WASHINGTON — Milap Kashipara spent 16 years waiting for a green card that he hoped would lead to better opportunities for his three children than in India, as well as a chance to reunite with his siblings in California.
In 2019, his petition finally arrived at the front of the line. He completed the paperwork and had reached the final step — scheduling an interview with the U.S. Consulate in Mumbai. Processing estimates at the time showed his family could be approved by April 2020.
Then came COVID-19. Kashipara was 47 and healthy when he became infected. He died alone in a hospital 15 days later, on May 1, 2021, before the interview took place.
“His family needs support badly now and deserves a chance” to immigrate, his sister Ami Bhanvadia wrote in a letter to the Department of Homeland Security shortly after his death. “Families like my brother’s have faced worst outcome of COVID and are victimized due to no fault of their own and are losing immigration benefit after lawfully waiting many years.”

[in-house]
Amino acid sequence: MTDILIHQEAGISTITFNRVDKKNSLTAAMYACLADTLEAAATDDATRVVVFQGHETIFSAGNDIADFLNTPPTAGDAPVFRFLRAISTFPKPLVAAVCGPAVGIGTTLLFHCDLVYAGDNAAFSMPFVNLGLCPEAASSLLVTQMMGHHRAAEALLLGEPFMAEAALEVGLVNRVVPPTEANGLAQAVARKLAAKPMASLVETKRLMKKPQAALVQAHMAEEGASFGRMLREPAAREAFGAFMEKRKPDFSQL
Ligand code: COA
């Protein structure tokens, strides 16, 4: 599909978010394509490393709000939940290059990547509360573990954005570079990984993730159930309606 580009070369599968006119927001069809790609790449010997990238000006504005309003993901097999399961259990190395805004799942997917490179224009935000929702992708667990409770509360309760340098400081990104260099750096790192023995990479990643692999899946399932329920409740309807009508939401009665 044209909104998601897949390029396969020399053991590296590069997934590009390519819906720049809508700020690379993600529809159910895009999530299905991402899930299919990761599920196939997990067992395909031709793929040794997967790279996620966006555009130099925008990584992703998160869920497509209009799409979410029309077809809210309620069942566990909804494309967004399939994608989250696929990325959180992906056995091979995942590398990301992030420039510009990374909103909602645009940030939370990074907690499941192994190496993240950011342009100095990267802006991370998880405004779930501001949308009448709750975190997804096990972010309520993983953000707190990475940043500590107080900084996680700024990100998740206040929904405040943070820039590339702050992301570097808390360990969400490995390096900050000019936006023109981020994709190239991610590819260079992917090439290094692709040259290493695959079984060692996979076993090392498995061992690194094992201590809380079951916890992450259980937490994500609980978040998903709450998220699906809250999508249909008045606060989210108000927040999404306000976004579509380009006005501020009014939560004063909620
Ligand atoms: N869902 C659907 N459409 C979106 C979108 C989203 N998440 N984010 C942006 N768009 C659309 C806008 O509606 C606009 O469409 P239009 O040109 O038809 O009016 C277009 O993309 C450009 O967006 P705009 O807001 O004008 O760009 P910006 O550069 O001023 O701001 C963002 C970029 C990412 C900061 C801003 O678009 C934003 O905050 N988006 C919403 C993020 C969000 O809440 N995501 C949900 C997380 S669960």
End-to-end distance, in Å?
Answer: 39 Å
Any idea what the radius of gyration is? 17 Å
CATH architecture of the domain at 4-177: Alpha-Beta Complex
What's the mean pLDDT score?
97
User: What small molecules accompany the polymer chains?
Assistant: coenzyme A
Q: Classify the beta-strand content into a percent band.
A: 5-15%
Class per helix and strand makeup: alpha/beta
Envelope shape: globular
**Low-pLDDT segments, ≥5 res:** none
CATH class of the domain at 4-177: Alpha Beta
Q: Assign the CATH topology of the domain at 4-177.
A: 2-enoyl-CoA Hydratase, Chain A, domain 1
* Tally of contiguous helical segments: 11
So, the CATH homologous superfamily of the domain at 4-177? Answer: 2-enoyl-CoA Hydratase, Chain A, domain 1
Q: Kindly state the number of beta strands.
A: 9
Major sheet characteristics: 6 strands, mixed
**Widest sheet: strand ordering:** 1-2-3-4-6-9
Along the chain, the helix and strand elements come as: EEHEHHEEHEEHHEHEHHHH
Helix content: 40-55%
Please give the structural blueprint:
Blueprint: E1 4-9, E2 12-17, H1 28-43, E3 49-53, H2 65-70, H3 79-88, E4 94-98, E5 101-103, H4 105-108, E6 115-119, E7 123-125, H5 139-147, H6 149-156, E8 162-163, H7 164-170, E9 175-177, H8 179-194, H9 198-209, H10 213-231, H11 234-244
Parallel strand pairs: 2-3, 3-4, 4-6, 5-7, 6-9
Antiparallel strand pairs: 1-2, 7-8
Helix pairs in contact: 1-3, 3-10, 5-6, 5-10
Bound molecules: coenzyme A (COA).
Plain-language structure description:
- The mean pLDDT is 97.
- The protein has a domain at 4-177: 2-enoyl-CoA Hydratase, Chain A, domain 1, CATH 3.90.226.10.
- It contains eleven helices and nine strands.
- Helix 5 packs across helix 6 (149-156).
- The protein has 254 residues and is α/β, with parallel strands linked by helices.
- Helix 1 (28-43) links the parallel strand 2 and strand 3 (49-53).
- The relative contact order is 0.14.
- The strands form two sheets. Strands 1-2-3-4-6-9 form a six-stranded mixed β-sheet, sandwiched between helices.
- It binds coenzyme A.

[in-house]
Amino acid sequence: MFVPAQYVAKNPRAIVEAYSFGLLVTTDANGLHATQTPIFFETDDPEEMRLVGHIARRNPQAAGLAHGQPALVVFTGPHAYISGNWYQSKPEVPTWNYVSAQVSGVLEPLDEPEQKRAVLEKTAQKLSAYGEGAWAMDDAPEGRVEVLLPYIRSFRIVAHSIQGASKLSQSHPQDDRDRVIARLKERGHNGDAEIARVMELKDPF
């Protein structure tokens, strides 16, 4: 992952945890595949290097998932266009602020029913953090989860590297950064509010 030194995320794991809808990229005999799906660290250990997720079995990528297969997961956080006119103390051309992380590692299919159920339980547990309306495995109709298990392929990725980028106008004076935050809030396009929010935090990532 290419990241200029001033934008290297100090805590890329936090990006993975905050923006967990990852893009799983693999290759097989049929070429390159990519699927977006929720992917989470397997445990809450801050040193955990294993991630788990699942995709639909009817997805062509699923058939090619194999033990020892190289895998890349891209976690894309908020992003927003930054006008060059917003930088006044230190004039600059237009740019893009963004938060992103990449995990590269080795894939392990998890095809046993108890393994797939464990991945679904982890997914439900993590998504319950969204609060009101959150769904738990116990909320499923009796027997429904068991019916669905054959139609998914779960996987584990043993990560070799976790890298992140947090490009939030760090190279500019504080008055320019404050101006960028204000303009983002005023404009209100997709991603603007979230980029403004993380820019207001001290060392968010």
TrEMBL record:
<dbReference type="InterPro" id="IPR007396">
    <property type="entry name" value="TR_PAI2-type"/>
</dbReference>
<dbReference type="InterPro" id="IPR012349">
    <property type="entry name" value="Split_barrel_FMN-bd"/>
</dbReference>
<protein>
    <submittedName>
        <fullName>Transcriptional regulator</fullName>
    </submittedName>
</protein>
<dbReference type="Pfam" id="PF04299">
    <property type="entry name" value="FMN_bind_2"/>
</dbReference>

Immense backlogs are grinding U.S. immigration processes to a crawl. Unprecedented delays processing millions of visas, work permits, green cards and naturalization petitions, as well as cases languishing in immigration courts are so severe that experts say they can’t be resolved without significant reforms.
It has been more than three decades since Congress approved a major overhaul to the U.S. immigration system, which involves a patchwork of pathways spread across multiple federal agencies depending on factors including a person’s country of origin, family ties and profession. The Trump administration implemented time-consuming changes — longer application forms, requests for additional evidence, more scrutiny for renewals — that extended existing backlogs to unmanageable levels at every step.
The system all but buckled under pandemic closures.
People arrive before the start of a naturalization ceremony at the U.S. Citizenship and Immigration Services Office.
BY ANDREA CASTILLO
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